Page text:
Tomatoes that rot at the bottom suffer from blossom end rot. This condition signifies a calcium deficiency and disappears quickly once the plants receive adequate calcium. Blossom end rot also affects eggplants, melons and peppers.
The most common cause of poor soil calcium is a nutritional deficiency in the soil itself. This often happens when gardeners neglect to add fertilizer to plants and do not practice plant rotation. Another cause of inadequate soil calcium is excessive soil acidity. When soil's pH drops below 6.2, the calcium becomes trapped and is no longer available for plant absorption. Other causes of low calcium levels are excessive fertilization and inadequate moisture. Tomatoes require the most moisture during and immediately before fruiting. Adding mulch around the base of each plant and watering them with a soaker hose reduces the likelihood of blossom end rot due to thirst.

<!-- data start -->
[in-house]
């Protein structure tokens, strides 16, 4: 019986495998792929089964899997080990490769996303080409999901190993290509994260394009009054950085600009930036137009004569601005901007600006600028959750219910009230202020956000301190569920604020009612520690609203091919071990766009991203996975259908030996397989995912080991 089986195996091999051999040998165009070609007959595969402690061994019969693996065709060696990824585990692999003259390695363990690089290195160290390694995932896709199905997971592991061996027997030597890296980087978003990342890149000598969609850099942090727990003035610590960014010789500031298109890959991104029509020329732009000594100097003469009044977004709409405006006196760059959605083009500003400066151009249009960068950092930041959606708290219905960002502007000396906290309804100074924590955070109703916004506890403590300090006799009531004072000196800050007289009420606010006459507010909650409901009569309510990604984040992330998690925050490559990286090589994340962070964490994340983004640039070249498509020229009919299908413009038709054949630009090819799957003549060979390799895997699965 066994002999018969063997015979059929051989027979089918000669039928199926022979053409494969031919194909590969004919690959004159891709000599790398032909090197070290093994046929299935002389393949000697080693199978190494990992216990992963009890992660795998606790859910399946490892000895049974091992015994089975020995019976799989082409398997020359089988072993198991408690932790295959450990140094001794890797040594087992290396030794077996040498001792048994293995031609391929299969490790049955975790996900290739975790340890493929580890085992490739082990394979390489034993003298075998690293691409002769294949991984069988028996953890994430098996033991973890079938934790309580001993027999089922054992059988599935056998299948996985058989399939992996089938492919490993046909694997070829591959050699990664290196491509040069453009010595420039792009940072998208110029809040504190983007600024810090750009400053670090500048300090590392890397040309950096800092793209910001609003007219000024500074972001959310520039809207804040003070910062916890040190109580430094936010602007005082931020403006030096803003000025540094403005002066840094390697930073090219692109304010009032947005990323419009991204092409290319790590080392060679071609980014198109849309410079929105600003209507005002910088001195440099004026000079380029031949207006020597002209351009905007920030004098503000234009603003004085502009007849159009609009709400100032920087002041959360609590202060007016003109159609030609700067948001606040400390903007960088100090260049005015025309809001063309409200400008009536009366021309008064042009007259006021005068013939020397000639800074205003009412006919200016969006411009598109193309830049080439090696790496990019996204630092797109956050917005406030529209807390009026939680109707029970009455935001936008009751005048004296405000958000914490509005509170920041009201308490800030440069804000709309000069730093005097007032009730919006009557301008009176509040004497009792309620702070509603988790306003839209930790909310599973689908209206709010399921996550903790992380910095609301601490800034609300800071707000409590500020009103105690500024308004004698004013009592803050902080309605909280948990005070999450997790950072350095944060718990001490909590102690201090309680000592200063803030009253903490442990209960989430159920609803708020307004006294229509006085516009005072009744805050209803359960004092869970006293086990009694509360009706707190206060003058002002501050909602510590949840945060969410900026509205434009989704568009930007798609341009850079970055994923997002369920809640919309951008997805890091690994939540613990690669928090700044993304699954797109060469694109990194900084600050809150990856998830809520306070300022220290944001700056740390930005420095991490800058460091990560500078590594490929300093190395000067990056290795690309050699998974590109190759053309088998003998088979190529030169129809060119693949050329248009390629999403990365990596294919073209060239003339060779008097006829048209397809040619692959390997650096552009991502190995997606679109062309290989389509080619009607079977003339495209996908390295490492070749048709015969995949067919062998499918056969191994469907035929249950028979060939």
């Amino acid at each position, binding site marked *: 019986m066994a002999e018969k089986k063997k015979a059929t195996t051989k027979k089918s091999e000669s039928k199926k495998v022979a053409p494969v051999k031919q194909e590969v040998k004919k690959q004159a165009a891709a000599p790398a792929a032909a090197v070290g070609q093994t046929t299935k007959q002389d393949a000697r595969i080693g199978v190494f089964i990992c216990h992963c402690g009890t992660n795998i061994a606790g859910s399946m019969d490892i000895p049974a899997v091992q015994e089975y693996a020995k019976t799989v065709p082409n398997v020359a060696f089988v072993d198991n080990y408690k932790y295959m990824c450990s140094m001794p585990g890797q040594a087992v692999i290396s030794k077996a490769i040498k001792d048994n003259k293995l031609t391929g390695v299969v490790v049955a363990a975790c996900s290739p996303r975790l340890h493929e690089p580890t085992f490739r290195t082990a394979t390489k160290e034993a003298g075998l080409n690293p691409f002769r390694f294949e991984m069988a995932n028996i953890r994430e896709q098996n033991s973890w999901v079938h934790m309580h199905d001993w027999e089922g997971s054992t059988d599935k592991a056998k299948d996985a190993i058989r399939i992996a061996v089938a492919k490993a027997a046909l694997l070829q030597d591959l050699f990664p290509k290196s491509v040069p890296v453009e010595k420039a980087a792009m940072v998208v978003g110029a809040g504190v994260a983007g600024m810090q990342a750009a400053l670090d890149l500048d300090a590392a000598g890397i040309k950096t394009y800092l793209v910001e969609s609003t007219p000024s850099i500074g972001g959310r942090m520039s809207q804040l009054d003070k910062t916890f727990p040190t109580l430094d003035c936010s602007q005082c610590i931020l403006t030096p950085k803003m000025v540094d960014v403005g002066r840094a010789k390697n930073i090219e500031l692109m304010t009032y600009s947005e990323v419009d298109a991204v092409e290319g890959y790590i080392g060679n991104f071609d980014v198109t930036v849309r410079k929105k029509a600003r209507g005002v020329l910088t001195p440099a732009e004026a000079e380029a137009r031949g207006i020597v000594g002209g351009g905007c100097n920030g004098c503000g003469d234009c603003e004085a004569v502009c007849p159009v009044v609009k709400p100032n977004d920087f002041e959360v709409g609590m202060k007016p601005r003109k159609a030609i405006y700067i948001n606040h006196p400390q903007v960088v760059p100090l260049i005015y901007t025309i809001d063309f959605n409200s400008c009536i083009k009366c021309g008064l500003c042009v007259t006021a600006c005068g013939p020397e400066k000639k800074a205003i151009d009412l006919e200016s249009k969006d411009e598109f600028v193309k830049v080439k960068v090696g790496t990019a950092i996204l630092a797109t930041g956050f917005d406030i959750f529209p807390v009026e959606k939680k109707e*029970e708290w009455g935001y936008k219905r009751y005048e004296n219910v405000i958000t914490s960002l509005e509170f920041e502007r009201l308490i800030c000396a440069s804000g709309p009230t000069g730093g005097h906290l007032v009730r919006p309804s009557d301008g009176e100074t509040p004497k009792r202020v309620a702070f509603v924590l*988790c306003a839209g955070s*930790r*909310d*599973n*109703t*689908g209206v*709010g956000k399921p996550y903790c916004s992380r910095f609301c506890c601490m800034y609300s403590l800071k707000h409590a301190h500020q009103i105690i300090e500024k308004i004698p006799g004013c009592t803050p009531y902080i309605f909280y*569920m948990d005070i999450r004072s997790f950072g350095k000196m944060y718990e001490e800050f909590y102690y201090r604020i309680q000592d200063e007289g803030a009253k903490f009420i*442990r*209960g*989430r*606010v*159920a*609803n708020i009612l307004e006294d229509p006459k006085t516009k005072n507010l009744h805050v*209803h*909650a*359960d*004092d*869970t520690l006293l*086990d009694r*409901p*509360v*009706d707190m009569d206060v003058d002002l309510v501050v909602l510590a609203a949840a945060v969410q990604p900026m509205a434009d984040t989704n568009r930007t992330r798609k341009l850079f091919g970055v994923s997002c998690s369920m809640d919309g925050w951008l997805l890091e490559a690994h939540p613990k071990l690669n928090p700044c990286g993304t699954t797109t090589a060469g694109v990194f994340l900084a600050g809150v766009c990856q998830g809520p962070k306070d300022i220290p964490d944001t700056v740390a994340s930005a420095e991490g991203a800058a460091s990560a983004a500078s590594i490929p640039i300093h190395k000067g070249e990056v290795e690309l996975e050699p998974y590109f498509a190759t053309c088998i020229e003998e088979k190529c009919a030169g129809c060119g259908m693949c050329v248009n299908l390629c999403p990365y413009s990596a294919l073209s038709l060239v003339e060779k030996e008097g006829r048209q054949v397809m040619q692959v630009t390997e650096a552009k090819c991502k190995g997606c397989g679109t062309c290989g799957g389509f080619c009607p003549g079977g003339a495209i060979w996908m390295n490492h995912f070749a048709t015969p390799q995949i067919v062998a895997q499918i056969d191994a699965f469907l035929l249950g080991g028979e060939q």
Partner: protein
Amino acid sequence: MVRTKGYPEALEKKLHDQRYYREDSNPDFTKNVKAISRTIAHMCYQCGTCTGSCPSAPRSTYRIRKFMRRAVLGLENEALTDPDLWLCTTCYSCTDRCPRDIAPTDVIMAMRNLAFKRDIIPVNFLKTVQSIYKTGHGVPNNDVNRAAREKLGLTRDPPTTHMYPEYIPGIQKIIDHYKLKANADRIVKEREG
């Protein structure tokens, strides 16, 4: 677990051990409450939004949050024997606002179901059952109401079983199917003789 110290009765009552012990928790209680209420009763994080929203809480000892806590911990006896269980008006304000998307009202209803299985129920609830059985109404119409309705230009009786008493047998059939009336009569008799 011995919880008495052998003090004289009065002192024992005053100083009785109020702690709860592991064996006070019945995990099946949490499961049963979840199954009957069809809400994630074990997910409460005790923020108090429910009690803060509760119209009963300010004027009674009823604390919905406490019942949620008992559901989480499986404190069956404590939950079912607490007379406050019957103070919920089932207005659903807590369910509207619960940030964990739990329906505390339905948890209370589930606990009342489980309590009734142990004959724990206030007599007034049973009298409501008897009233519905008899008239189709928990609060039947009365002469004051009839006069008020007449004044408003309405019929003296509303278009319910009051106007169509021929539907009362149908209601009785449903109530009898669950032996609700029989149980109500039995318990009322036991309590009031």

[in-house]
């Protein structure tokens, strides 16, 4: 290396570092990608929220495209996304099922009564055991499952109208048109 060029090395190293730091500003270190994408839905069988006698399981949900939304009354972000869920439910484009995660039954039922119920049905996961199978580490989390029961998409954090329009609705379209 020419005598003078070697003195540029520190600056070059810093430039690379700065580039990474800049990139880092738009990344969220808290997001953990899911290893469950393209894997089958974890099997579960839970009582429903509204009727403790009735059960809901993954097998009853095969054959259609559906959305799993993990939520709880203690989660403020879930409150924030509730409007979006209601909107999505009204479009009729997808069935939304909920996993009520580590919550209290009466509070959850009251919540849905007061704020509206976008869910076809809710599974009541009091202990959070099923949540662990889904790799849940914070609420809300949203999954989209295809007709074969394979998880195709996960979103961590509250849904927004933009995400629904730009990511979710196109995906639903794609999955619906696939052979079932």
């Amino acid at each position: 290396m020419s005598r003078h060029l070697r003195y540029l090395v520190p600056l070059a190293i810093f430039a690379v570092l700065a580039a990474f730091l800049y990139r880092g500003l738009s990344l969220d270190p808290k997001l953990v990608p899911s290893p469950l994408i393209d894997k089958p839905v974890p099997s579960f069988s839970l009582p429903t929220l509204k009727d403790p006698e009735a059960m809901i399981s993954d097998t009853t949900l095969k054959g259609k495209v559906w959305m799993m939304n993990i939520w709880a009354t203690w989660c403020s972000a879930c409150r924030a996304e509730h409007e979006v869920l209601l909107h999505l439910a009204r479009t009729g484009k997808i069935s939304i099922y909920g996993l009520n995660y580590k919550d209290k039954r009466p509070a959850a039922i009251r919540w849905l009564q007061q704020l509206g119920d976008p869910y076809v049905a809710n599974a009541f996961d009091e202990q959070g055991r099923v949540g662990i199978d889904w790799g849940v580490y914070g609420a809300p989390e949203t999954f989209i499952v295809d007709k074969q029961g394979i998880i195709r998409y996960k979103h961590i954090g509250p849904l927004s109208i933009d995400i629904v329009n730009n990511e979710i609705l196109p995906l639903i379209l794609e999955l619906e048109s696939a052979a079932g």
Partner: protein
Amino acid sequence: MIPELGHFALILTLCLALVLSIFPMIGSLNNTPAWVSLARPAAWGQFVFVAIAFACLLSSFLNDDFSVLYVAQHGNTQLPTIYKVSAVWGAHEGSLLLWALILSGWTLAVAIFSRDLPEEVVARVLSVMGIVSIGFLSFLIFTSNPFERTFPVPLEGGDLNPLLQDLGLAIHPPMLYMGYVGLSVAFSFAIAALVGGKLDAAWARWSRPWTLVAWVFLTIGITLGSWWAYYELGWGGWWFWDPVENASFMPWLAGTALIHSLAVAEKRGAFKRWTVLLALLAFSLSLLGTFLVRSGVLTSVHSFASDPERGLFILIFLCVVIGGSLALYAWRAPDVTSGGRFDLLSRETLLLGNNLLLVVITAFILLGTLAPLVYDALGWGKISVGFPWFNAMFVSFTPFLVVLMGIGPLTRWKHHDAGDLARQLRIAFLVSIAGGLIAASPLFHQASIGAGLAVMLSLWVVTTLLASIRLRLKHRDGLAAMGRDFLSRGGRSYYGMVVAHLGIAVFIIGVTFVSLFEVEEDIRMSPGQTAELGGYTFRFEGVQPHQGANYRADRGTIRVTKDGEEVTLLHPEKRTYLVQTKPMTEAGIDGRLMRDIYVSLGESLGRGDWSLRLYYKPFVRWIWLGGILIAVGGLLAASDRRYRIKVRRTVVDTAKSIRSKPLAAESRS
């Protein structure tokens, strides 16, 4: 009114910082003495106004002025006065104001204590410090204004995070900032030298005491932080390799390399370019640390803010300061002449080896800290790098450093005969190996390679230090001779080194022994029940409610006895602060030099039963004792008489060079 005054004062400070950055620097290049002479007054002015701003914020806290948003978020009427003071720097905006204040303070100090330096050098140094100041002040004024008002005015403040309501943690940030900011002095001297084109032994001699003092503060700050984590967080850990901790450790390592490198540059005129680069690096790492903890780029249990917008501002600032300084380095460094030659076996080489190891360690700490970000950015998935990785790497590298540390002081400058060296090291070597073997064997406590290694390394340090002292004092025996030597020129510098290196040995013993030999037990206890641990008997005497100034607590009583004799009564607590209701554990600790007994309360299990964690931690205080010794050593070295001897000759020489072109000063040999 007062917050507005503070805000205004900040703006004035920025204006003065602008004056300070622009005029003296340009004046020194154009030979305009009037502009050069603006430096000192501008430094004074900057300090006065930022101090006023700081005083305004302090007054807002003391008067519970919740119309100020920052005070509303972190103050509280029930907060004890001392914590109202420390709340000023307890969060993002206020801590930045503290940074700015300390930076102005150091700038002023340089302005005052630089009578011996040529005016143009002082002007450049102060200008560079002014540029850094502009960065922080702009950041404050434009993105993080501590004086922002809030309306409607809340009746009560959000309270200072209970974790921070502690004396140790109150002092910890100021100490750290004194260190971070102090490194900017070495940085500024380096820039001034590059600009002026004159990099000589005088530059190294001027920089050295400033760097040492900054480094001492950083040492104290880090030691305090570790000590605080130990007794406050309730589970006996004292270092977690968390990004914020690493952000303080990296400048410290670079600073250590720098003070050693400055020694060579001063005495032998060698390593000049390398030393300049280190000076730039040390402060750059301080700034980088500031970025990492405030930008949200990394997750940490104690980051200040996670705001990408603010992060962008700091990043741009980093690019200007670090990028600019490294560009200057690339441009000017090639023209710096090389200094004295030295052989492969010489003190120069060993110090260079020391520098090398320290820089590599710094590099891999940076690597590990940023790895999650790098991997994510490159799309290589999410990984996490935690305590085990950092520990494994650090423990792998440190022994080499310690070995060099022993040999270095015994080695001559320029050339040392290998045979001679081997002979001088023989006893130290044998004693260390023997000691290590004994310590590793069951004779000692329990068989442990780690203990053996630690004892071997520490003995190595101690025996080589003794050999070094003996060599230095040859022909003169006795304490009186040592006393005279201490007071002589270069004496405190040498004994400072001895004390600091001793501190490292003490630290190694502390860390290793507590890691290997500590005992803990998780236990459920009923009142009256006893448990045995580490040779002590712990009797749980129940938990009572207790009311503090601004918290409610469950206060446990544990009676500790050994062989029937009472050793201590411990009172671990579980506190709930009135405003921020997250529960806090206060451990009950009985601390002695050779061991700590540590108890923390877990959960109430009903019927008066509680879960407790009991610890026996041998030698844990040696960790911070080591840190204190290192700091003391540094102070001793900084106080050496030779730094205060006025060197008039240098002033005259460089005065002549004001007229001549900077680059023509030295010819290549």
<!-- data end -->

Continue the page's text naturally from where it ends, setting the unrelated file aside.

The quickest and most effective way to raise the pH of soil is to add lime to it until the pH reaches 6.8. Lime increases the bioavailability of existing calcium and adds more calcium to the soil. When blossom end rot occurs in soil without pH problems, adding lime is not appropriate because it will raise the pH past acceptable levels.